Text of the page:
Trilobites

I find trilobites just fascinating, not least that they did not become extinct as such but evolved over hundreds of millions of years – they are actually from the same family as wood lice !  Albeit wood lice are much smaller than most trilobites – but they do go back to ‘grass roots’, as it were, enjoying damp places like their ancestors who actually inhabited then emerged from the seas.

 

Heinrich Harder 1906 Die Gartenlaube

One of the most numerous and successful marine organisms of the early Paleozoic (approx. 450 million years ago) in the Cambrian period, Trilobites flourished for nearly 300 million years. They ranged in size from a few millimeters to 90cms (about 3 feet).

 

Most Trilobites lived in shallow ocean waters and on reefs. Trilobite tracks show a wide variety of activities and some of the spiny Trilobites may have been capable of swimming. More than 1500 species are known and many more yet to be described.

 

Trilobite Sections

 

The name is derived from the three lobes into which the body segment is divided, the head (Cephalon), thorax and posterior section or Pygidium (tail). They had many legs each with a set of gills and most had sophisticated multi-faceted eyes.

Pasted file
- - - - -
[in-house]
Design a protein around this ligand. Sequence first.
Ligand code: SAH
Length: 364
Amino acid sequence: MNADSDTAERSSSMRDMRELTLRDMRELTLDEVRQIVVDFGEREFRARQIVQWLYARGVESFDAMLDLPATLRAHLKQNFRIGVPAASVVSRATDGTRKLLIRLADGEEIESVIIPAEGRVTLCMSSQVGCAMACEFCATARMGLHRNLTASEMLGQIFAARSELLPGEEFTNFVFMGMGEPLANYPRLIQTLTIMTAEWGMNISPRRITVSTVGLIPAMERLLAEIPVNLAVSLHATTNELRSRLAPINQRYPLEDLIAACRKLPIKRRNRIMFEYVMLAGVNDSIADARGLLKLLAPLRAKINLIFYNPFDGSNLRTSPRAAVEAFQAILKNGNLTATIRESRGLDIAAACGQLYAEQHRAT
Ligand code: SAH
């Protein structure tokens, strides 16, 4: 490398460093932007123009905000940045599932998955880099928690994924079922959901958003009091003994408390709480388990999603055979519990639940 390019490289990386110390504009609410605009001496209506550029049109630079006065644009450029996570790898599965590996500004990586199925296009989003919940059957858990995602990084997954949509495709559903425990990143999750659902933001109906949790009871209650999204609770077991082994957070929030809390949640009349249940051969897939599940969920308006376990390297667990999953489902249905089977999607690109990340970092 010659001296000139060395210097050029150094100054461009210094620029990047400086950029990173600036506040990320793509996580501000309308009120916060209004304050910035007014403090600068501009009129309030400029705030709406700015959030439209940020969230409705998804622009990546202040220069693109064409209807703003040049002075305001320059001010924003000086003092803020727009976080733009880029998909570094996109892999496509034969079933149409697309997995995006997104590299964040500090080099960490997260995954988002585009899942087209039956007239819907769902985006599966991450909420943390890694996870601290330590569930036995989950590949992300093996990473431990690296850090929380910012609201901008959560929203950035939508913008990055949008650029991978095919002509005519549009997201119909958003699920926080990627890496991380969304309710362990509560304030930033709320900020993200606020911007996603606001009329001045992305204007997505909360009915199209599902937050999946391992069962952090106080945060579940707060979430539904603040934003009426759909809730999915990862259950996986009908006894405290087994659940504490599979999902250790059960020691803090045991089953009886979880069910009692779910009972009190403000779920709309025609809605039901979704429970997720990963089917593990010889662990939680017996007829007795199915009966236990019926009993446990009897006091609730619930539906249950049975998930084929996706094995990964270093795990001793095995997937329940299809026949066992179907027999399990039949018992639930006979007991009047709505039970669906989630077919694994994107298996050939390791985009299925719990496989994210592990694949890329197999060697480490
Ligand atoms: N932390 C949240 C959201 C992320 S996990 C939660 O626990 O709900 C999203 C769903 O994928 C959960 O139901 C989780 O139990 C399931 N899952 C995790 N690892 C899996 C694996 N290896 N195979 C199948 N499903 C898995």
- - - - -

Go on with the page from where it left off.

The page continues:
Like most arthropods they could only grow by shedding their old skins and many fossils are actually the shed external skeletons.

 

Trilobite Plaque

Their skeletons are found in all types of sedimentary rocks from limestones to shales.

 

Sites where they have been found include the Atlas Mountains, Morocco, parts of Northwest Scotland, Illinois USA, Utah & Virginia USA, Oklahoma, and British Columbia.

 

Fossilised Trilobite

 

The legs of the Trilobite were softer than the exoskeleton and as such did not tend to preserve as well although there have been a few specimens that showed legs and some antennae also in Burgess Shale in Canada and Chengjiang in China.

 

 

Trilobites are very obviously similar in shape to living forms such as the wood lice but they are both actually from the same family as arachnids (spiders) and crustaceans (shrimps, lobsters, crayfish etc.) – they are all Arthropods.

Trilobite Fossil

 

The featured image shows a very fine detailed example particularly the head detail and it is from the Atlas Mountain range in Morocco.

 

 

Charlotte